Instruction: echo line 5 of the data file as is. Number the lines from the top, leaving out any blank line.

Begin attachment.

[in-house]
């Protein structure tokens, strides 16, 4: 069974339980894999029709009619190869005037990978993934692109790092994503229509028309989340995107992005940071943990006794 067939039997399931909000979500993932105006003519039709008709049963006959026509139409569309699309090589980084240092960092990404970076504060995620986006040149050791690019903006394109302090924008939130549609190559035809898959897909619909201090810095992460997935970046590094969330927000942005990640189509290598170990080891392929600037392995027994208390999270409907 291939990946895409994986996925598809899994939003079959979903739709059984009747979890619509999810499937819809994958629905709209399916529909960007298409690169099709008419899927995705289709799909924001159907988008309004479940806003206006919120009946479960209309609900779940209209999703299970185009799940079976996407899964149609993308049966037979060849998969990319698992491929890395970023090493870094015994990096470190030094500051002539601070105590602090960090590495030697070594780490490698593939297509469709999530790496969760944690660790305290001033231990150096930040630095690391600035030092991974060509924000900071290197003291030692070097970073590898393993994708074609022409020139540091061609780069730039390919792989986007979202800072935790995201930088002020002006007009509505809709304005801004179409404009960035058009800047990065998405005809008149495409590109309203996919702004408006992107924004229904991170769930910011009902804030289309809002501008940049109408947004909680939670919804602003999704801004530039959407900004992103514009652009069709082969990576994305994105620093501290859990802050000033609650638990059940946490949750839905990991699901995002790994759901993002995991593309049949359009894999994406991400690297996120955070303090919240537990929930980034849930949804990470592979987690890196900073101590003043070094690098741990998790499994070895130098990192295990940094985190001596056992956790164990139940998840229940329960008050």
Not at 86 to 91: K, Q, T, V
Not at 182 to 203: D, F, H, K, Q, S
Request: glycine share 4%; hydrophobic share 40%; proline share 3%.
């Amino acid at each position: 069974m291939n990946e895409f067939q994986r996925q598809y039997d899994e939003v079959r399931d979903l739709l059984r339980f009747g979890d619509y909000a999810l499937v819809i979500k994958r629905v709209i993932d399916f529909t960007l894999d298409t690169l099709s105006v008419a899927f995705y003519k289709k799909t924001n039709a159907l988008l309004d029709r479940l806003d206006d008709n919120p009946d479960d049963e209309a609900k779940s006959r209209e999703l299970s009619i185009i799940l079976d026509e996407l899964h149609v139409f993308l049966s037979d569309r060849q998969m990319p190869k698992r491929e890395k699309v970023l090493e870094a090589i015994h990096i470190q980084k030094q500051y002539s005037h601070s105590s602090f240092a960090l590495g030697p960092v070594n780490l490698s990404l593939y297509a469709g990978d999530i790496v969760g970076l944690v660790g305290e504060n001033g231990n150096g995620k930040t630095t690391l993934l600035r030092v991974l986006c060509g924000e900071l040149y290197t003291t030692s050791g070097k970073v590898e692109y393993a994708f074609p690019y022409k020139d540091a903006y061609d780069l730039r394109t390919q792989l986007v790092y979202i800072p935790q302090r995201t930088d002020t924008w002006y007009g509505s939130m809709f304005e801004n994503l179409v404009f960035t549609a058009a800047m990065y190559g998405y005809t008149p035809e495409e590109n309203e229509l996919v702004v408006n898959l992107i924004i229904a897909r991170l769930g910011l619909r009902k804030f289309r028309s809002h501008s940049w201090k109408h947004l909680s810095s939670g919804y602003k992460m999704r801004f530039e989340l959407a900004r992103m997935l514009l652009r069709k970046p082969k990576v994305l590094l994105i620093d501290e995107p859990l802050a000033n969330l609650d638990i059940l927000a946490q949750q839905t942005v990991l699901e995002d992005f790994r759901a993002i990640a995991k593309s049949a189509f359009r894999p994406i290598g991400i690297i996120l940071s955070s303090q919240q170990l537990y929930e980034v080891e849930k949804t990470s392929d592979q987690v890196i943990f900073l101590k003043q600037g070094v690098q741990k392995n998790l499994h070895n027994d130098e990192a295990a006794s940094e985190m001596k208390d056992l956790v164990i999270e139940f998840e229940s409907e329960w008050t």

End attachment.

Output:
Request: glycine share 4%; hydrophobic share 40%; proline share 3%.